When you envision the future of marketing, what do you see?
While it’s fun to make big, bold predictions, any marketer who’s lived through the last decade knows that forecasting marketing’s future is risky business. After all, just over 10 years ago Mark Zuckerberg was still fine-tuning Facebook in his Harvard dorm room. In 2010, content marketing was a fringe idea. And one year ago, very few marketers were executing account-based marketing. Today, some are hailing ABM as the next great marketing shift.
To summarize: None of us are perfect prognosticators. Truth is, a big part of our future will be defined by technologies and trends that aren’t even on our radar right now.
That said, envisioning the future is still a worthwhile exercise because it forces us to reflect on the past and formulate reasonably credible hypotheses around what’s coming next. In the process, we develop a clearer focus on the trends worth monitoring and the steps we need to take to get ahead of the pack.
So, without further ado, here are the three key marketing trends I think will define 2016 and re-shape how we approach the future.
Trend 1: History Repeats Itself
If you look at the slow bleed that led to disruption in the print industry, you’ll notice two fatal flaws: The print publishing economic model was too reliant on advertising dollars to survive; and publishers were too slow to adapt to the web. When Internet adoption and online journalism took root, print readership plummeted, advertising dollars followed, and many publishers were left for dead.
With the growth of ad-blocking technology, brands that are too reliant on paid advertising to generate leads and drive revenue could face the same fate. According to Adobe and Pagefair’s 2015 Ad Blocking Report, 198 million people globally are now blocking ads. That number won’t go down next year (or anytime soon after that).
How can marketers avoid making the same mistake?
In an ad-blocking world, the brands that win will be the ones that invest heavily in developing a captive audience of loyal fans and customers who advertise on their behalf — typically through reviews, social comments, referrals, and content amplification. Those forms of “advertising” will never be touched by ad-blocking technology. And, best of all, they’re inherently authentic and infinitely scalable (if you have the right strategy, processes, and technology in place).
Trend 2: A New Pillar of MarTech Matures
Of course, most marketing leaders understand the value of building better relationships with existing customers. Numerous studies have shown that happy customers buy more, stay longer, and happily refer friends and colleagues. In fact, a recent Gallup poll found that fully-engaged customers represent a 23% premium in terms of share of wallet, profitability, revenue, and relationship growth compared to average customers. Problem is, most companies approach the various aspects of engagement casually, manually, or through a patchwork of point solutions.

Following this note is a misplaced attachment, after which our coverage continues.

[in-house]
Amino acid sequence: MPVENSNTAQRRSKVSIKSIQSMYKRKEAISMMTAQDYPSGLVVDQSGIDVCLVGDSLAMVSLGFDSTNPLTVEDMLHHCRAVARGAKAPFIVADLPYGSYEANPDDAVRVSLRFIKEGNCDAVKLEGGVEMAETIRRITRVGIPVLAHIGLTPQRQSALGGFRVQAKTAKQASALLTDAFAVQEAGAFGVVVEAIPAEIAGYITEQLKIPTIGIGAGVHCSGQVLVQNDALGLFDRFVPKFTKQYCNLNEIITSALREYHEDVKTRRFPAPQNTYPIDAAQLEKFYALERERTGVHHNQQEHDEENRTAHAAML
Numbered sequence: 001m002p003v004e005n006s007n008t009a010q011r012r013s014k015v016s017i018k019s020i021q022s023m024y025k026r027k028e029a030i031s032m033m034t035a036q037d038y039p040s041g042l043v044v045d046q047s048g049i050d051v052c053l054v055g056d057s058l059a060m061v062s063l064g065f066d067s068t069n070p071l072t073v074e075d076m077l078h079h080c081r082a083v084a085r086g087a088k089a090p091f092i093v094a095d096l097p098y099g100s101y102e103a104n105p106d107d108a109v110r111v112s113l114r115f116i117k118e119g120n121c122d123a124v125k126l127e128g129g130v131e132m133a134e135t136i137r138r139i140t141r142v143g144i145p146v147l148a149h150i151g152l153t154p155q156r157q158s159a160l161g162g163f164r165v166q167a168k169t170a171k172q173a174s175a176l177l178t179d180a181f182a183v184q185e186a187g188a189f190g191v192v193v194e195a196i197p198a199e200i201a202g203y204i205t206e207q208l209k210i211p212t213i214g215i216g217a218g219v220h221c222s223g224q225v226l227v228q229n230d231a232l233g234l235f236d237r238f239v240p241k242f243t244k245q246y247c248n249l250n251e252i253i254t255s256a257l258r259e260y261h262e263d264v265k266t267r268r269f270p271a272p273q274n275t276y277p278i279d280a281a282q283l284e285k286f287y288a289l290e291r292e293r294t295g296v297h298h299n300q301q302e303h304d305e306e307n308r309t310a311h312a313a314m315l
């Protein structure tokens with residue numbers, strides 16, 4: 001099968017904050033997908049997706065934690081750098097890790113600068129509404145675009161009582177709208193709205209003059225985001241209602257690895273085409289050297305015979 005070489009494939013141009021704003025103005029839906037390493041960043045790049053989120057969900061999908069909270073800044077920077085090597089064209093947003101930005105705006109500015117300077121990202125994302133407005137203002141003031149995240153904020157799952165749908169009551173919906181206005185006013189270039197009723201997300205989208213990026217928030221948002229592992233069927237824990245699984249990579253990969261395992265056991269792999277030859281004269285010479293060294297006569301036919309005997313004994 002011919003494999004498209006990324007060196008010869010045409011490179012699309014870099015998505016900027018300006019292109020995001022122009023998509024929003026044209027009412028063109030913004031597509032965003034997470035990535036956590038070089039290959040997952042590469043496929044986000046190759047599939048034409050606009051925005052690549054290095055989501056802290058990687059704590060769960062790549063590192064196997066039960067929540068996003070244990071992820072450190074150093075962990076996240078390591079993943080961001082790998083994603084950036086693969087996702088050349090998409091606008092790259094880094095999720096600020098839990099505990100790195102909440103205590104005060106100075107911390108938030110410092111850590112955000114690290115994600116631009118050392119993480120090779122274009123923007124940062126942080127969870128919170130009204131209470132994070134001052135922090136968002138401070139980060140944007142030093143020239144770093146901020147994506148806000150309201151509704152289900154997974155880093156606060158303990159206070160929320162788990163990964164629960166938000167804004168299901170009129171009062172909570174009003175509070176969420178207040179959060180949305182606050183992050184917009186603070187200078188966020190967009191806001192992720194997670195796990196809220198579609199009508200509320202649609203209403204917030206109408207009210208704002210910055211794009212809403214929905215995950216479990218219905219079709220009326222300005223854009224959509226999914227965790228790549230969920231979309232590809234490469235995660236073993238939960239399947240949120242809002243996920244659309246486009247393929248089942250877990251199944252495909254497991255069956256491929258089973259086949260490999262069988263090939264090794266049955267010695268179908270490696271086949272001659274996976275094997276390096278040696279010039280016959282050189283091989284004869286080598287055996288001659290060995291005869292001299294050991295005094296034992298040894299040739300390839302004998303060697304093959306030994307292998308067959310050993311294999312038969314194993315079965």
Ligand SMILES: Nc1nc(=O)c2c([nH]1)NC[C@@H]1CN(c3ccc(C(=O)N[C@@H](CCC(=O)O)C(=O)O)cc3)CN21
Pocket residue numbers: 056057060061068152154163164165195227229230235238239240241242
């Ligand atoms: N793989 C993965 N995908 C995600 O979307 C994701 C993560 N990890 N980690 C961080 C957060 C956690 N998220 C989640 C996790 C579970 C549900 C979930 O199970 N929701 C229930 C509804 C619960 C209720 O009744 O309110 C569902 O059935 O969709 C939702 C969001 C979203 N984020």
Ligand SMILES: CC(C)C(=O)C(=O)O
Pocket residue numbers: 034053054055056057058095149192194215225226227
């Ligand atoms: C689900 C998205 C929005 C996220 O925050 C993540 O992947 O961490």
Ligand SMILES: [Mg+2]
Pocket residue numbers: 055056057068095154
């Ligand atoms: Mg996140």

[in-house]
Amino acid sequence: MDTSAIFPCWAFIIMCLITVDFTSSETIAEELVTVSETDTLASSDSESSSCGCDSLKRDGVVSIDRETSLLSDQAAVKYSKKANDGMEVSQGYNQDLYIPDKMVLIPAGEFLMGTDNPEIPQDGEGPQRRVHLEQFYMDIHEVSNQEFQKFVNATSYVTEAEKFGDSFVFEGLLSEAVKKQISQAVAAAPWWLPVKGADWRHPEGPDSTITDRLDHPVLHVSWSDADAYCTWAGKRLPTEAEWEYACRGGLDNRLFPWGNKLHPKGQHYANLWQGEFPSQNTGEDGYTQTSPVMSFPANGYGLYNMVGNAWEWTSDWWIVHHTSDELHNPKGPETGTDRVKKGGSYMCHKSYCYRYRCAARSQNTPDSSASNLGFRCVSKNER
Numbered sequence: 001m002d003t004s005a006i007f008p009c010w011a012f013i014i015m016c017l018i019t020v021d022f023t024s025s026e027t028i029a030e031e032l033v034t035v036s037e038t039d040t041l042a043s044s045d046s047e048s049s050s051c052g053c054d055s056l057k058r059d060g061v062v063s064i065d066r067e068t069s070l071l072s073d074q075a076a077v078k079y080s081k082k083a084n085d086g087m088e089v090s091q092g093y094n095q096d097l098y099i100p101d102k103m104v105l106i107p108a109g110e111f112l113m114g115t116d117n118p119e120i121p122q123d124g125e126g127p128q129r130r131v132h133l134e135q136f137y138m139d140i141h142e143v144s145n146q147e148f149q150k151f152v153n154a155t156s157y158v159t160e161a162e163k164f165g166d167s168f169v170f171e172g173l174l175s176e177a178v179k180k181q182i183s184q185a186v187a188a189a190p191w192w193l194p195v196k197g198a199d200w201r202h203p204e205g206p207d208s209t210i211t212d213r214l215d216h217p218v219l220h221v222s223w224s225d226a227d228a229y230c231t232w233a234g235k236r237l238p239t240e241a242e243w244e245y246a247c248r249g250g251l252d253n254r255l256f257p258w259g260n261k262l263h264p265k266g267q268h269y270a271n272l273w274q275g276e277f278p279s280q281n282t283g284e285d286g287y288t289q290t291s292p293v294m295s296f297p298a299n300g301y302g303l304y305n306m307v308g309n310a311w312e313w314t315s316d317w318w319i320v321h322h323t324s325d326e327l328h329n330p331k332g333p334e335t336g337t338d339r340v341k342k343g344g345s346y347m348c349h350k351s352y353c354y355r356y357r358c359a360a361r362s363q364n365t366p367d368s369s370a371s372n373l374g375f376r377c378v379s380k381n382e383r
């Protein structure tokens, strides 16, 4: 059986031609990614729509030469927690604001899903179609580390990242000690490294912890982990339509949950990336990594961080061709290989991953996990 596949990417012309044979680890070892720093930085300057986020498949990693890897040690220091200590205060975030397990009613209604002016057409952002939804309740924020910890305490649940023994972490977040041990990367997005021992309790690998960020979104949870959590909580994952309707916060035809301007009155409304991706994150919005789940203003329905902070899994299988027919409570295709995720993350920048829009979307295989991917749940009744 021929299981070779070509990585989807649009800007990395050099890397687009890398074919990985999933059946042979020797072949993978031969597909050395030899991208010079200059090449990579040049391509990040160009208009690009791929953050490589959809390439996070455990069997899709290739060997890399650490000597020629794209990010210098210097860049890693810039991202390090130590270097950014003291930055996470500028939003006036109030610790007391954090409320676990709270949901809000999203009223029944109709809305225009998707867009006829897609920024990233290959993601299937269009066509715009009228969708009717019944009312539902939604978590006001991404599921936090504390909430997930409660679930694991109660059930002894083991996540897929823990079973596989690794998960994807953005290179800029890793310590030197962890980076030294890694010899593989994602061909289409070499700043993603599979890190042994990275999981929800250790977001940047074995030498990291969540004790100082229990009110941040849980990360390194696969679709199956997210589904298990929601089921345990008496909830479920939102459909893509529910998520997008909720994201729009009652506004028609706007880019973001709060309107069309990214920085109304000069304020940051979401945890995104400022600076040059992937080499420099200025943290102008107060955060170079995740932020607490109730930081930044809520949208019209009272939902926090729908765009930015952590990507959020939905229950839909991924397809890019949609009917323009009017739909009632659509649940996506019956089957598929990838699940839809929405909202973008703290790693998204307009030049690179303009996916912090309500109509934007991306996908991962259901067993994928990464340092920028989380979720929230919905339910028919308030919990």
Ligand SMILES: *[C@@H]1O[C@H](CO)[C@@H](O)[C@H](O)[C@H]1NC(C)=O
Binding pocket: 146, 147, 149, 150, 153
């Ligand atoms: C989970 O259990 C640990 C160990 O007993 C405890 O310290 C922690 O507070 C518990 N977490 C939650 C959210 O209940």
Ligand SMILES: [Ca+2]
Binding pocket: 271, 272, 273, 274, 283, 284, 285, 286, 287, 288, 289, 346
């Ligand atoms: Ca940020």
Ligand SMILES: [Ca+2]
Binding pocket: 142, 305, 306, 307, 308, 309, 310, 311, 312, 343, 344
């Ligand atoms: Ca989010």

In 2016 (and even more so in the next 3-5 years), I expect that to change.
Just as Salesforce and HubSpot completely changed how sales reps and marketers approach their jobs, a relatively new pillar of marketing technology will transform how marketers approach post-conversion customer engagement. Instead of manually influencing and tracking post-conversion activities (NPS surveys, reviews, customer feedback, referrals, testimonials, content sharing, etc.), marketers will rely on a technology platform that sews everything together and allows them to influence, track, and measure the right behaviors at scale.
This pillar of technology is being called a lot of different things right now (e.g. referral marketing, advocate marketing, customer relationship marketing, etc.), but its sophistication and adoption will increase in 2016. As that happens, the name, purpose, and stunning ROI of this post-conversion automation should crystalize, as well.
Trend 3: Integrations Dictate Success
In a world where many marketing organizations rely on a multi-platform approach to marketing technology, it’s not surprising that one of the biggest challenges marketers face is effectively integrating those solutions. According to a report by Informatica and Dun & Bradstreet, 52% of marketing leaders cite the complexity of integrating technologies as the most challenging obstacle to marketing technology success.
That’s a big problem. Particularly when spending on marketing technology is expected to grow tenfold (to the tune of $120 billion) over the next decade. For marketers to truly harness the power of those technologies (and, ultimately, generate ROI from them), their kaleidoscope of tools must play nicely together. For that to happen, however, integration must be prioritized, and it must be simple and seamless.
Thankfully, I think 2016 will be the year marketers can start worrying less about this issue.
Today, the best marketing technologies are built with integration in mind. If, for instance, you run a fashion brand, your CRM, eCommerce platform, marketing automation, referral marketing software, and payment systems should all be able to communicate and share data with each other in real-time. This not only negates concerns over siloed data, it leads to much richer analytics and greater ROI from each marketing technology you deploy.
What’s Your Prediction for 2016?
As I mentioned above, I’m not a flawless prognosticator. While I feel confident the three trends above will play a significant role in shaping B2B and B2C marketing organizations in 2016, I’m sure there are others I’m missing.
So, what marketing trends — or tactics, channels, technologies, etc. — do you think will define the next year/five years/decade? Give me a shout on Twitter @jeff_epstein!